Towards a more democratised energy world

A discussion with Jochen Schwill, CEO and founder of Next Kraftwerke

This article is published in The Beam #5 — Subscribe now for more on the topic

If Jochen believes it’s the right thing, he likes to convince others of the same. First it was co-founder Hendrik Sämisch to realise their vision of a Virtual Power Plant, then investors helped move the vision along. Today, Next Kraftwerke aggregates and sells electricity from almost 5,000 independent renewable energy generators all over Europe.

Where does the idea of Next Kraftwerke come from?

When Hendrik Sämisch and I were working on our PhD theses, we were wondering how the increasing share of intermittent renewable energy in the system could be balanced in the future. This is when we started thinking about flexibility and how we would be able to quickly balance the volatile influx of renewable energy.

Where does your commitment to sustainable energy come from?

In the beginning, we were not thinking explicitly about renewable energies as providers of flexibility. We even started the Virtual Power Plant (VPP) by hooking up emergency generators. However, the deeper we got into the matter, the more it became clear to us that renewables are the future — and not only from a business point of view. As citizens, we owe it to society to think about sustainable solutions. So, we started to think about connecting renewable energy units to our Virtual Power Plant and it turned out that they are great providers for flexibility. This shows that renewables are competitive and can level out the imbalances they cause.

What is your definition of a democratised energy world? And how is Next Kraftwerke contributing?

In the end, the key issue is participation. So, from our point of view, a democratised energy world is an energy world in which more and more players can participate. This development has already started. These days, it is not a privilege of huge energy companies to build power plants and produce power, because the costs to do that have drastically been reduced. It is not necessary anymore to spend billions of Euros on new power plants — as they are doing for example at Hinkley Point. Our mission is to provide the opportunity for smaller producers to take part in a market which has been inaccessible for them before, and we foster the expansion of renewable energy power plants by providing flexibility.

How would you explain the concept of your Virtual Power Plant to someone who never heard of it?

We digitally connect small- and medium-sized power producing as well as power consuming units and, in doing so, aggregate their performance. We then sell the power at the electricity markets and feed it into the energy system to stabilise the grid. To be clear, we do not own one single unit, but with our technology and the consent of the owners, we can ramp the units up and down as if we were a real power plant. To put it into perspective, we have aggregated an overall capacity of 3,400MW. This is the capacity of two large coal-fired power stations. However, we are almost 100% renewable.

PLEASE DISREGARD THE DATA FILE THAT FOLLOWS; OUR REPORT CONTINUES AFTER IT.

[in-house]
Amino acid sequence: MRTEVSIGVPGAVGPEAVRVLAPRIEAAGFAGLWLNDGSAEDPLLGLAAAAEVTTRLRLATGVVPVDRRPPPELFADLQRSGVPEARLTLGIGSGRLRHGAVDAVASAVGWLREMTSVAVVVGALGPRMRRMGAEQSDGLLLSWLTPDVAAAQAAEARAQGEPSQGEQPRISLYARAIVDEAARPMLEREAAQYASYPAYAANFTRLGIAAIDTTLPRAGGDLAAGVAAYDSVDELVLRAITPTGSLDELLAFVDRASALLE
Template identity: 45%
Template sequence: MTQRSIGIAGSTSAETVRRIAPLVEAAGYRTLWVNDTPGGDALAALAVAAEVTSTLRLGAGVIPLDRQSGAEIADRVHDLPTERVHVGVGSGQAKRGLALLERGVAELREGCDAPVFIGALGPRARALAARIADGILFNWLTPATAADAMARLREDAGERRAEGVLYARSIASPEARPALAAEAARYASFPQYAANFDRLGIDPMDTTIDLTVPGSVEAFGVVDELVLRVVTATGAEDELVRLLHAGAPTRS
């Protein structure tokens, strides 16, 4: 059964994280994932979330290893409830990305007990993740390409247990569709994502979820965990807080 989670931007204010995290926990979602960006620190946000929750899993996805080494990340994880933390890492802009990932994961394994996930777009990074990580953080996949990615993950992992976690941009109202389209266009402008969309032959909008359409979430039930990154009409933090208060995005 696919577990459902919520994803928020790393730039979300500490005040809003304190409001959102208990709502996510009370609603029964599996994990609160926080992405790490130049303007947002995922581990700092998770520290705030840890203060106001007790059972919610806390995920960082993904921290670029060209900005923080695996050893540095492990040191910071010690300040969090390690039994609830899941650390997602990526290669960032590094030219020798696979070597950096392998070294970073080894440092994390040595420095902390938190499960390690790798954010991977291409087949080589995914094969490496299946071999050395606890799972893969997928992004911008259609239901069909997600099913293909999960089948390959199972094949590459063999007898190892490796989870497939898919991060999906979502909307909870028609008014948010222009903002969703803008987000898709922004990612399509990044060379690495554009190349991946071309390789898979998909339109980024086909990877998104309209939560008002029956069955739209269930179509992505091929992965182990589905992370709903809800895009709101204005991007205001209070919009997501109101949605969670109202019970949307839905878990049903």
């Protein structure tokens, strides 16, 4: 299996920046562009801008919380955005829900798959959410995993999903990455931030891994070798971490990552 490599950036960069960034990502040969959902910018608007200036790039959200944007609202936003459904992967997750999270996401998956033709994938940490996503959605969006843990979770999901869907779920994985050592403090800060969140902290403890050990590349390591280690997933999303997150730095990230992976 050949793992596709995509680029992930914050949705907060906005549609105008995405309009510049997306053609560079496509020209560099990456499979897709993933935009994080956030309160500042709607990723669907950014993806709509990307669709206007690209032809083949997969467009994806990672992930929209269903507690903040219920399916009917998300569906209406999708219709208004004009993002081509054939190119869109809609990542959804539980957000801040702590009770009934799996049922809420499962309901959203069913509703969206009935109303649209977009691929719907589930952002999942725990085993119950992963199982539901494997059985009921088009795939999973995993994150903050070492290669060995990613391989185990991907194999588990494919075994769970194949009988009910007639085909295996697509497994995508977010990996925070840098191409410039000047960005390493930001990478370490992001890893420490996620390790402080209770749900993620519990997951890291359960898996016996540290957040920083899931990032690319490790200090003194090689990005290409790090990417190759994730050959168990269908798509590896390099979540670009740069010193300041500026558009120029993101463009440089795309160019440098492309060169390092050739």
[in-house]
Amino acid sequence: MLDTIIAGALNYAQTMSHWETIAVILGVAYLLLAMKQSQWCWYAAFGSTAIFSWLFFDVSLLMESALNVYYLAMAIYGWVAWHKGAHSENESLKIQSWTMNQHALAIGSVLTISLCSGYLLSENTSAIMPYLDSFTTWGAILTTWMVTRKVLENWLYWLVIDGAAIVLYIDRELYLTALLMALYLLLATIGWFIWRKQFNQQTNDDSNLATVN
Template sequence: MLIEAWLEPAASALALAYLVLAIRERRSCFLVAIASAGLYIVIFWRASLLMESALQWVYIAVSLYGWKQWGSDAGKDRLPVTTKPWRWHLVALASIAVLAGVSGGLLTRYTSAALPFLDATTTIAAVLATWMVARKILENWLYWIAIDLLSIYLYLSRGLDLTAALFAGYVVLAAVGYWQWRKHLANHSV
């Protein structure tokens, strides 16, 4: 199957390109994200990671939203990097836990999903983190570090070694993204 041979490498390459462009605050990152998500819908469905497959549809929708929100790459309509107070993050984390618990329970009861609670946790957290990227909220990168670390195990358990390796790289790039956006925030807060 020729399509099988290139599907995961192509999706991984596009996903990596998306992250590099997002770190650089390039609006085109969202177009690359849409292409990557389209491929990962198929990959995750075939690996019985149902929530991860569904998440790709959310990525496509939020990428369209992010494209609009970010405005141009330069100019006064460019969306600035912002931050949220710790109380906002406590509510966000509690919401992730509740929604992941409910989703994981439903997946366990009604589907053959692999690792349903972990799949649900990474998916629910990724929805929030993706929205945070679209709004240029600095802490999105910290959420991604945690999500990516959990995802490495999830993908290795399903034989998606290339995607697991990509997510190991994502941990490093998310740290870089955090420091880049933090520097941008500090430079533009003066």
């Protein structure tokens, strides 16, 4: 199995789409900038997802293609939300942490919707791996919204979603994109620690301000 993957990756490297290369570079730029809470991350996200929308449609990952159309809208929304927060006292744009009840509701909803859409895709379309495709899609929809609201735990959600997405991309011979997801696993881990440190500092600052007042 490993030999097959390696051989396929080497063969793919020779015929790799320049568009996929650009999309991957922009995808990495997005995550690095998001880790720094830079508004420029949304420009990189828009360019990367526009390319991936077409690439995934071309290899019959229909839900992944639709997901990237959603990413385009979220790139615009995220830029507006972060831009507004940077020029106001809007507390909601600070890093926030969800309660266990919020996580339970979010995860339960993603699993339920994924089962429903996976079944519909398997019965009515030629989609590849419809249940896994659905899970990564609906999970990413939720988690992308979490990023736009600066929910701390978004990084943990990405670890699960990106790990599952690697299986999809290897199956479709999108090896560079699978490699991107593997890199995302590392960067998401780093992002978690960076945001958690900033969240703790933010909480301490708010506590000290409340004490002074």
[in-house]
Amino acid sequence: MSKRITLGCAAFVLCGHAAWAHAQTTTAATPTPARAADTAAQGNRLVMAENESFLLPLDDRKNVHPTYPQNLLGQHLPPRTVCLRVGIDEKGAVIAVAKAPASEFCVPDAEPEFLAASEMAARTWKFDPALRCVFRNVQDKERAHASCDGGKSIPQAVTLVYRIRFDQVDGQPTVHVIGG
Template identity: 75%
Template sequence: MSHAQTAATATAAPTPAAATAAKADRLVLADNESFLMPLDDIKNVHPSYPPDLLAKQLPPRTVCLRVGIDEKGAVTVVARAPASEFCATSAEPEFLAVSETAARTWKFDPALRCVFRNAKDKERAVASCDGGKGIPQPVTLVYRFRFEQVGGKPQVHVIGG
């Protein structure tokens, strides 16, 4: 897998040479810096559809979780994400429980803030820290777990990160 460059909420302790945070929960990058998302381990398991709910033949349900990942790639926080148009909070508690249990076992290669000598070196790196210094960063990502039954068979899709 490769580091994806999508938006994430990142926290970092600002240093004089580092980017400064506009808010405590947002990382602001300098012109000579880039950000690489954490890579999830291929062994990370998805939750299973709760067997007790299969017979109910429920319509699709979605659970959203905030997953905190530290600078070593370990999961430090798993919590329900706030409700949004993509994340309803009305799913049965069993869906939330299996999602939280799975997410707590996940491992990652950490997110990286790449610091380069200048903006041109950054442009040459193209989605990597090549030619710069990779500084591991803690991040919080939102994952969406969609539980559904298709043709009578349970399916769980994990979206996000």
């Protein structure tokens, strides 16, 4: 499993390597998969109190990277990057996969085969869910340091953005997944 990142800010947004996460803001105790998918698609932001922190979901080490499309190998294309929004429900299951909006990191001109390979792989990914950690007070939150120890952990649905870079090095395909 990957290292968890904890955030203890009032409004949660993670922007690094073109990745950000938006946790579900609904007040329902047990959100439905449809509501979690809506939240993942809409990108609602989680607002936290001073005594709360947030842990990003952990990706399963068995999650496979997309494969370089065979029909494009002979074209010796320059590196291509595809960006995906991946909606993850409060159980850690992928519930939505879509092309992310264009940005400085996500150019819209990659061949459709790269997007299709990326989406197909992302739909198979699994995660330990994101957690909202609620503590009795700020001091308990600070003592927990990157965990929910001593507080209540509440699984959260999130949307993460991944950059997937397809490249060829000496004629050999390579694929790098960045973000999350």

Now, let’s dig in a bit deeper into the flexibility issue. Roughly 1,000MW of our capacity are flexible and we provide this flexibility to the energy system — just like a huge battery would do. That means, with our technology we can very quickly feed in power, let’s say if a shortage of wind and solar power occurs, but also, if there is too much power, for example when a storm brings in heavy winds, and the system needs to be relieved. We can do that, because we connect units that have flexibility. For example, every Combined Heat and Power unit (CHP) has flexibility, even the backup capacity unit in the local supermarket; most run-of-river hydropower stations have flexibility. Also, many power consumers can provide flexibility to the system if they are flexible when to consume power. In all of those cases flexibility is a byproduct. The units were not built to provide flexibility to the market. They primarily serve others purposes, producing power or heat or whatever. And this is where Next Kraftwerke steps in. We tap flexibility potentials for and with our clients, because they are usually too small to provide flexibility to larger systems like the grid on their own. Shifting production or consumption into times when flexibility is needed makes economic sense and contributes to more efficiency in the system.